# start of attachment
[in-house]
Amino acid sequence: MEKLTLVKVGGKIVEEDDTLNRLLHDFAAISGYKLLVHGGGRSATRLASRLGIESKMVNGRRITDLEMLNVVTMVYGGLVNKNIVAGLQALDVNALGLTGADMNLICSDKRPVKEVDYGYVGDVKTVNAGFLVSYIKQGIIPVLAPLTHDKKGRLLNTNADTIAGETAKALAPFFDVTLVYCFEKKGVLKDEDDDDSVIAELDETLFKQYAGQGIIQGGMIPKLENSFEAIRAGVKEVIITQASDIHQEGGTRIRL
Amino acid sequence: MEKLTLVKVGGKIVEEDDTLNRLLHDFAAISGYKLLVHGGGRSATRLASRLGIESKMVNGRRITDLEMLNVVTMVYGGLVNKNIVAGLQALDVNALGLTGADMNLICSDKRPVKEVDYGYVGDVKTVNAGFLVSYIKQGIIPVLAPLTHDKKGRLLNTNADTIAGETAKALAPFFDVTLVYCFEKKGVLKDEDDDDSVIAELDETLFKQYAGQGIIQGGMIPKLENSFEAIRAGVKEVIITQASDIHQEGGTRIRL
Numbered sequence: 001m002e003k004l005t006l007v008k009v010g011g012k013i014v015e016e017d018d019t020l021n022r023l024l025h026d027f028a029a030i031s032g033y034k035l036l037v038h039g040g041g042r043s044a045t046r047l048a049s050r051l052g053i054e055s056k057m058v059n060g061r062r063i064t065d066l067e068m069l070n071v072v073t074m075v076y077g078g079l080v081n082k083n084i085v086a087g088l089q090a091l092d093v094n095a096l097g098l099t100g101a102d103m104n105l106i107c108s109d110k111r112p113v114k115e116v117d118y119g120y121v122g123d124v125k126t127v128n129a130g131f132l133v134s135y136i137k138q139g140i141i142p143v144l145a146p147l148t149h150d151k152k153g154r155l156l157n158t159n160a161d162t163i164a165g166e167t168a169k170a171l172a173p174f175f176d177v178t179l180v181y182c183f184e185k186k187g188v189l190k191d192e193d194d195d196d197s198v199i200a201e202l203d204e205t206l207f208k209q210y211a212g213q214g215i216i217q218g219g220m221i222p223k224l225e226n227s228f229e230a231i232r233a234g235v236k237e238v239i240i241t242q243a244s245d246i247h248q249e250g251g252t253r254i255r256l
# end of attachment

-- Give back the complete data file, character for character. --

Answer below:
[in-house]
Amino acid sequence: MEKLTLVKVGGKIVEEDDTLNRLLHDFAAISGYKLLVHGGGRSATRLASRLGIESKMVNGRRITDLEMLNVVTMVYGGLVNKNIVAGLQALDVNALGLTGADMNLICSDKRPVKEVDYGYVGDVKTVNAGFLVSYIKQGIIPVLAPLTHDKKGRLLNTNADTIAGETAKALAPFFDVTLVYCFEKKGVLKDEDDDDSVIAELDETLFKQYAGQGIIQGGMIPKLENSFEAIRAGVKEVIITQASDIHQEGGTRIRL
Amino acid sequence: MEKLTLVKVGGKIVEEDDTLNRLLHDFAAISGYKLLVHGGGRSATRLASRLGIESKMVNGRRITDLEMLNVVTMVYGGLVNKNIVAGLQALDVNALGLTGADMNLICSDKRPVKEVDYGYVGDVKTVNAGFLVSYIKQGIIPVLAPLTHDKKGRLLNTNADTIAGETAKALAPFFDVTLVYCFEKKGVLKDEDDDDSVIAELDETLFKQYAGQGIIQGGMIPKLENSFEAIRAGVKEVIITQASDIHQEGGTRIRL
Numbered sequence: 001m002e003k004l005t006l007v008k009v010g011g012k013i014v015e016e017d018d019t020l021n022r023l024l025h026d027f028a029a030i031s032g033y034k035l036l037v038h039g040g041g042r043s044a045t046r047l048a049s050r051l052g053i054e055s056k057m058v059n060g061r062r063i064t065d066l067e068m069l070n071v072v073t074m075v076y077g078g079l080v081n082k083n084i085v086a087g088l089q090a091l092d093v094n095a096l097g098l099t100g101a102d103m104n105l106i107c108s109d110k111r112p113v114k115e116v117d118y119g120y121v122g123d124v125k126t127v128n129a130g131f132l133v134s135y136i137k138q139g140i141i142p143v144l145a146p147l148t149h150d151k152k153g154r155l156l157n158t159n160a161d162t163i164a165g166e167t168a169k170a171l172a173p174f175f176d177v178t179l180v181y182c183f184e185k186k187g188v189l190k191d192e193d194d195d196d197s198v199i200a201e202l203d204e205t206l207f208k209q210y211a212g213q214g215i216i217q218g219g220m221i222p223k224l225e226n227s228f229e230a231i232r233a234g235v236k237e238v239i240i241t242q243a244s245d246i247h248q249e250g251g252t253r254i255r256l